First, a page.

How can grassroots causes compete with big money campaigns that play dirty? If the Cambridge Analyticas of this world can deliver targeted, manipulative messages to millions, how can we fight them? And can we compete without compromising our ethics and violating GDPR ourselves?

By helping our supporters convince their friends based on what they themselves know about them. We're not collecting any of this data, and we're open about the process. We also help supporters find each other based on location, and get involved in campaigning together. We have end-to-end encrypted messaging in-app, as well as an ephemeral, open local chat. We have panic buttons and other safety measures, as well as a way to contact the nearest coordinator with a single push of a button.

Jenny is a young progressive in a small town. She's shy and fears going to a meeting in a nearby city with politically motivated strangers. But she would like to find a way to help a progressive political party.


When Jenny downloaded Impakt, she met others like her thanks to the local chat, including several people in her home town. They got together and started brainstorming about what they could do locally. Jenny also used the contact nearest coordinator button to get in touch with party structures and got some logistics help from Matt, the regional coordinator for her area.

Greg works on a construction site. He knows that there are many intermediaries between the laborers and the site owner each get a large cut of the money. He thinks the workers could get a fair shake by organising to negotiate their wages, or forming a co-op to be employed directly. But the frequent rotation of workers from site to site makes it difficult to gather numbers.


Using Impakt, construction workers in the entire country could self-organise regardless of what site they currently work at. They could coordinate events, vote and raise money. As an admin, Greg can also send alerts to anyone in an area for spontaneous gatherings.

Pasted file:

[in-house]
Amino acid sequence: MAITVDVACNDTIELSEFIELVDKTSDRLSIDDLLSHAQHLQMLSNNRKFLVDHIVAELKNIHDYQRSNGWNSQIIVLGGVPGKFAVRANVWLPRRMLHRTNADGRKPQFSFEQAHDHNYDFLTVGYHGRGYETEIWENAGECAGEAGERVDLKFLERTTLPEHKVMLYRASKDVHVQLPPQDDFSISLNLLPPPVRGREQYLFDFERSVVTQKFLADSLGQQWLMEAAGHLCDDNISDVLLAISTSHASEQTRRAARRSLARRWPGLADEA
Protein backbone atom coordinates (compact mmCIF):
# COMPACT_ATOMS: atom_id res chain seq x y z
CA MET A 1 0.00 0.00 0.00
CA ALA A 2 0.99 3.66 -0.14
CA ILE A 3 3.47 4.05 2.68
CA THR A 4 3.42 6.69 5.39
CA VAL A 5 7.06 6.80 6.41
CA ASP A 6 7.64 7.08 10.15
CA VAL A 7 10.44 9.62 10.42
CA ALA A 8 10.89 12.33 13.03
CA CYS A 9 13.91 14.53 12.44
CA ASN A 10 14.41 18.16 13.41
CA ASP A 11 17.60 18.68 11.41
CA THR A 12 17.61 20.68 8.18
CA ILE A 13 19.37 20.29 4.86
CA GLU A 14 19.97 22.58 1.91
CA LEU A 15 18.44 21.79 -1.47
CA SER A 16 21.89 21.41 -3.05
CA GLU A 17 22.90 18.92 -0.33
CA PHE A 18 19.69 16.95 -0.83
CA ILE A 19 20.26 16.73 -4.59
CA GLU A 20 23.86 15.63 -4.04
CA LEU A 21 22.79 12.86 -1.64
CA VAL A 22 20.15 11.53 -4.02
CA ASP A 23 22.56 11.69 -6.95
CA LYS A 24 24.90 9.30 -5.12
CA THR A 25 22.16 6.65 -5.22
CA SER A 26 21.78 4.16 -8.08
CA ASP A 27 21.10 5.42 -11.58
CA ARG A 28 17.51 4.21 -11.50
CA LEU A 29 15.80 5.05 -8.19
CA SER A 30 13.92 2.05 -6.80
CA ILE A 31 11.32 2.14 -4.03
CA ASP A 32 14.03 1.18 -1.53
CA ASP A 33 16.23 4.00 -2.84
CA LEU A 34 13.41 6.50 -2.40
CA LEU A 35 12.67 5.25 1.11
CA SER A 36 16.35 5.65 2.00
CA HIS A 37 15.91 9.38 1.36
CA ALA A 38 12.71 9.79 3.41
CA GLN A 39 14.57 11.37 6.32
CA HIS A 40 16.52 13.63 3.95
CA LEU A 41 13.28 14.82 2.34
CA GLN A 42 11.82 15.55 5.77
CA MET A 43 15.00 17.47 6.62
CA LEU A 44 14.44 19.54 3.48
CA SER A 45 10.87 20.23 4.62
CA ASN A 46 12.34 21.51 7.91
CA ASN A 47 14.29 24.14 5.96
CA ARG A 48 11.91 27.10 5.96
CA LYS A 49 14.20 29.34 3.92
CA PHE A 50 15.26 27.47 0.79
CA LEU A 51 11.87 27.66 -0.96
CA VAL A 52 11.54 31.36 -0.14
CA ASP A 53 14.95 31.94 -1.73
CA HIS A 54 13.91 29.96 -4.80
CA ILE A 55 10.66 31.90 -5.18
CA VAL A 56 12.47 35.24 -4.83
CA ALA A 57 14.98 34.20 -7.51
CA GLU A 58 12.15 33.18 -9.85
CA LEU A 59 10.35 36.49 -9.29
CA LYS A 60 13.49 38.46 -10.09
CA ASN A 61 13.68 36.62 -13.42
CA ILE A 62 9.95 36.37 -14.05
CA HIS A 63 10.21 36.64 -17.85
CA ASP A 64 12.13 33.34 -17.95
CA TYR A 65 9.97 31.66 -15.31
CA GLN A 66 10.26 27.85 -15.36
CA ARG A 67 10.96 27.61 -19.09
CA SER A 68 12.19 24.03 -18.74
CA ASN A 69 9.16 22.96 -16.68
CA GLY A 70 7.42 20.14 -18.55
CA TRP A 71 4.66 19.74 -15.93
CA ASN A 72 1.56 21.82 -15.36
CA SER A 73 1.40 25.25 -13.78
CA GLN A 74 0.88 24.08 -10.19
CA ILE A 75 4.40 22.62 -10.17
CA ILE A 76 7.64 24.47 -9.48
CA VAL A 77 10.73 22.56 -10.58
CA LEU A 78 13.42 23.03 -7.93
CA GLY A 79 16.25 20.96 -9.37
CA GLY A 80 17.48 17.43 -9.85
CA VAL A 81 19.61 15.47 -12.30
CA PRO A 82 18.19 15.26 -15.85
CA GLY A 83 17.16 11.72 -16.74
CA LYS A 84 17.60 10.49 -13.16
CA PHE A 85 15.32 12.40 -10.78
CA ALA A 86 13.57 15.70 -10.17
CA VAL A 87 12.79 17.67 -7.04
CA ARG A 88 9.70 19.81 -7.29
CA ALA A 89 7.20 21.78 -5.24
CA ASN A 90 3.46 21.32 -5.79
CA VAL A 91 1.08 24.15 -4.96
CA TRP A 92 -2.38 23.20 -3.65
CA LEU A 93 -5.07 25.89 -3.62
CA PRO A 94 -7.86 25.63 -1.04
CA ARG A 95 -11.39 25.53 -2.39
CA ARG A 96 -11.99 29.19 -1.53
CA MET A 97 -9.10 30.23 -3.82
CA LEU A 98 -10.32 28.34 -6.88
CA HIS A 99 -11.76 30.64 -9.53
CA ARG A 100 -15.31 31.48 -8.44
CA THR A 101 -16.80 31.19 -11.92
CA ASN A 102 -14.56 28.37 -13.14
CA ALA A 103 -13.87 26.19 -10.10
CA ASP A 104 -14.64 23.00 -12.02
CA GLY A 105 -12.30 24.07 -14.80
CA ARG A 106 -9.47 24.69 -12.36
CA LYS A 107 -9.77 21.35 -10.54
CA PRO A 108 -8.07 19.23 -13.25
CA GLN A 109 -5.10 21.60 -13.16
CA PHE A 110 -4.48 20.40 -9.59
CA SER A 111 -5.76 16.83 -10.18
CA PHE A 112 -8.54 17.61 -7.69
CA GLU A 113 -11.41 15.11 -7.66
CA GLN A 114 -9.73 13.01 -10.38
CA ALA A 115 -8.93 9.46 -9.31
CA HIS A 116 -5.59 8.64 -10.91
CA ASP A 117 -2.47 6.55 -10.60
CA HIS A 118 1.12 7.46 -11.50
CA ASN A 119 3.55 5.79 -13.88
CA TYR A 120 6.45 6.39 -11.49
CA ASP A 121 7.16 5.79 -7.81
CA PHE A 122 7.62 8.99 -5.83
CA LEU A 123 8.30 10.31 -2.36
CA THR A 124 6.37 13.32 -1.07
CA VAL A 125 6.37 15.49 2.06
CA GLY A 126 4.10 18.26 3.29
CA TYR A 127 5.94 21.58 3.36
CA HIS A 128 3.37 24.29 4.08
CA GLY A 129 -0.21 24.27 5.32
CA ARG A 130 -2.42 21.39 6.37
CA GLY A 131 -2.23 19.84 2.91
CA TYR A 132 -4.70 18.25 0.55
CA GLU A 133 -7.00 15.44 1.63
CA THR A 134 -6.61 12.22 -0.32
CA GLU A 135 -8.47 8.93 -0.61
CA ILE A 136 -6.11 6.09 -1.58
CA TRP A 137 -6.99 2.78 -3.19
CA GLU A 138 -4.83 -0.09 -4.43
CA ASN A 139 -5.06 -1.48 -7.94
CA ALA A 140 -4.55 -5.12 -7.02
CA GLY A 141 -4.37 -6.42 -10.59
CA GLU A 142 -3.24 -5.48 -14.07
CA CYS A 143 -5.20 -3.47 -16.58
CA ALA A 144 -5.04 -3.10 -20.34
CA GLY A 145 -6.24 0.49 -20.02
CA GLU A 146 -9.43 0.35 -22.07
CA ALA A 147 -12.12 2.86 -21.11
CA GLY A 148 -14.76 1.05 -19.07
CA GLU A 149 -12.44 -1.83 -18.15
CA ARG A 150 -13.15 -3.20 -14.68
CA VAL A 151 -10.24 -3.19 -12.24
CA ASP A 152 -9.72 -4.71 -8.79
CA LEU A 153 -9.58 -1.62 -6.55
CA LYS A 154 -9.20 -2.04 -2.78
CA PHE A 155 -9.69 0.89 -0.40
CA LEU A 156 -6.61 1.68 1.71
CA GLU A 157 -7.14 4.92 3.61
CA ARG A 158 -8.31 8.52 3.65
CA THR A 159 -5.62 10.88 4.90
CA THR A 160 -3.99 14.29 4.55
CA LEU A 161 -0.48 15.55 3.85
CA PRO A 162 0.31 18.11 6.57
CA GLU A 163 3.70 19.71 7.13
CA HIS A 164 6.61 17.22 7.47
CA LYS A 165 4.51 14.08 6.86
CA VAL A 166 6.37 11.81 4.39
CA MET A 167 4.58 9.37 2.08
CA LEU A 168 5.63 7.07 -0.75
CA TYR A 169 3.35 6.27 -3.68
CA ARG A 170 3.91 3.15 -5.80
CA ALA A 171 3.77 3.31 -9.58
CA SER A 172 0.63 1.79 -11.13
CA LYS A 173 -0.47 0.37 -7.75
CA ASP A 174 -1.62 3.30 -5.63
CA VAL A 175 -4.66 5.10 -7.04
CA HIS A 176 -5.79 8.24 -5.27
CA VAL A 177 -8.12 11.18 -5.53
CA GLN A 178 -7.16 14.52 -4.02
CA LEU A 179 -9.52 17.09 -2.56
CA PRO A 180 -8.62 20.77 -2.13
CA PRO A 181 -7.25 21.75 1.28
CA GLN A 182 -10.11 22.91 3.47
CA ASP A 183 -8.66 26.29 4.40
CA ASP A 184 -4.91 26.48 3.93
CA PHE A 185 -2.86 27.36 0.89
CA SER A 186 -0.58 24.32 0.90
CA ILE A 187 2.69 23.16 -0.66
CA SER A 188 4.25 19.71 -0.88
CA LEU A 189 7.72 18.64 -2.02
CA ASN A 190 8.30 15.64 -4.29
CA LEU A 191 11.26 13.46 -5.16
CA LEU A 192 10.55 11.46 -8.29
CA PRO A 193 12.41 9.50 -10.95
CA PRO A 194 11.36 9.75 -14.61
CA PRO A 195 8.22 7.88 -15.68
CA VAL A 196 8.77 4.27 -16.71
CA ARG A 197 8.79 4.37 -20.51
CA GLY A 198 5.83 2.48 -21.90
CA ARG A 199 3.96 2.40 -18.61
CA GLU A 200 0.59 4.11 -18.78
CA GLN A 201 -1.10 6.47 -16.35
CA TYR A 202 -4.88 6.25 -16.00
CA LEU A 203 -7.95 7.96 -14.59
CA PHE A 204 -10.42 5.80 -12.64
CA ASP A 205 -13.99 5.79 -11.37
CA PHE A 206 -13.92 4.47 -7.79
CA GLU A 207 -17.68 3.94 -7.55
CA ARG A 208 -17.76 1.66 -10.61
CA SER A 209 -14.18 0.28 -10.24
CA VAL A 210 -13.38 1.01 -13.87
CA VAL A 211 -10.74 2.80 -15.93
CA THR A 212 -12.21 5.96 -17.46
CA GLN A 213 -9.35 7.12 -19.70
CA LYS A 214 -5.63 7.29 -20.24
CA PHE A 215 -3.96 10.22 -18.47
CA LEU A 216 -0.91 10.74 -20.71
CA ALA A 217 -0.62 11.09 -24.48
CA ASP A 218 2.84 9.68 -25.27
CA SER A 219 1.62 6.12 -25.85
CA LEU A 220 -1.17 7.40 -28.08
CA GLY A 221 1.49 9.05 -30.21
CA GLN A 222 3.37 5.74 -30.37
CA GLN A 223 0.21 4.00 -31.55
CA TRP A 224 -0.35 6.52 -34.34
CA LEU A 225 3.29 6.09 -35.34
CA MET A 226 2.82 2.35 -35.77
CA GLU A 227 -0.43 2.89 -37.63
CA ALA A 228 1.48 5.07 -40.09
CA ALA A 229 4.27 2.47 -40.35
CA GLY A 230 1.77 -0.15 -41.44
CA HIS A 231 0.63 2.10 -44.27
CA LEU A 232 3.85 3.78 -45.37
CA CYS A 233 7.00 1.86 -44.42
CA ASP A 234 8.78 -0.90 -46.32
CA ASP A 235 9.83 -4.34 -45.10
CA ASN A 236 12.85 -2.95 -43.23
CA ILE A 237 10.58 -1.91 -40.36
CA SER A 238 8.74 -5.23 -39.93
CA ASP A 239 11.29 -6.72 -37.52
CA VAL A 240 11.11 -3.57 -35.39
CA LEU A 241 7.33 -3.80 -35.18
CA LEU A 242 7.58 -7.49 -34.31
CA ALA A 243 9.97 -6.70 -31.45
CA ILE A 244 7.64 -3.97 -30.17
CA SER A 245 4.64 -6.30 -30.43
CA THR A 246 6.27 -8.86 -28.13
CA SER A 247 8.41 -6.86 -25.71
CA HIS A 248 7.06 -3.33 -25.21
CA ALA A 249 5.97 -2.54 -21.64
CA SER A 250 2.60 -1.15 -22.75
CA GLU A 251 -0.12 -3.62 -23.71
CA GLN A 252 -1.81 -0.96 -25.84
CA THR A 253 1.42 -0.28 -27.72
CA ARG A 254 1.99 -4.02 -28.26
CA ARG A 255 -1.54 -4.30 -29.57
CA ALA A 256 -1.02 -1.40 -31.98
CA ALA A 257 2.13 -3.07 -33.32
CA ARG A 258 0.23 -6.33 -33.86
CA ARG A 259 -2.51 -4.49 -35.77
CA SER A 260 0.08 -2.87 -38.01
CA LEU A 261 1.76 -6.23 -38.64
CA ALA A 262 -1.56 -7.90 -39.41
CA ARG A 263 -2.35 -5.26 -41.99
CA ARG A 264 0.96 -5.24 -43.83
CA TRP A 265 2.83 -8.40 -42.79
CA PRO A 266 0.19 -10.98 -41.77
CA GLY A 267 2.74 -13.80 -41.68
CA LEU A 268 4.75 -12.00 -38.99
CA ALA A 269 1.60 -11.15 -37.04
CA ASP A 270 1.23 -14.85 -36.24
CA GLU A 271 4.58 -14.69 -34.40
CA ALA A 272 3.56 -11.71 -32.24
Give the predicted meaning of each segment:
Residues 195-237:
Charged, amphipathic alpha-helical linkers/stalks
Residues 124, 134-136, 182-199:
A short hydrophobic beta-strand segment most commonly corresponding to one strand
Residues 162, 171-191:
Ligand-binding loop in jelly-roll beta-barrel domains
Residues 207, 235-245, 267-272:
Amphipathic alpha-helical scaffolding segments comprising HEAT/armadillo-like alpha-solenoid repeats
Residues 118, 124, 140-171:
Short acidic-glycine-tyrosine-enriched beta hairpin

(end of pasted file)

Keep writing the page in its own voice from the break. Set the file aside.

Tracy is a small town teacher. She is planning on joining an upcoming nationwide teachers' strike but she fears that her community would not support her. She wishes she had better resources to defend her decision in her community and convince others to support the strike.


Using Impakt, Tracy had access to current information and press releases of the union, and reached out to many of her friends. She had relevant information for parents of school-age kids, other public-sector workers and so on. The sharing process was easy and personalised. And the best thing of all - Impakt did not collect any data! Tracy had complete control over the whole process.

Anna is an organiser in an embattled trade union, engaged in heated negotiations. She often needs to make decisions in a matter of hours, but quite often she would like to be able to get input from the union members.

With Impakt, Anna easily create polls for union members, and notify those eligible to vote with a push alert.

Pete works with Greg at the construction site, and he thinks Greg has a lot of great ideas. But he has a family to feed and doesn't want to make waves with the bosses. He's afraid to openly support a union. He was relieved when Greg explained to him that Impakt has domain fronting - that is, the network operator can't see that you're connecting to it.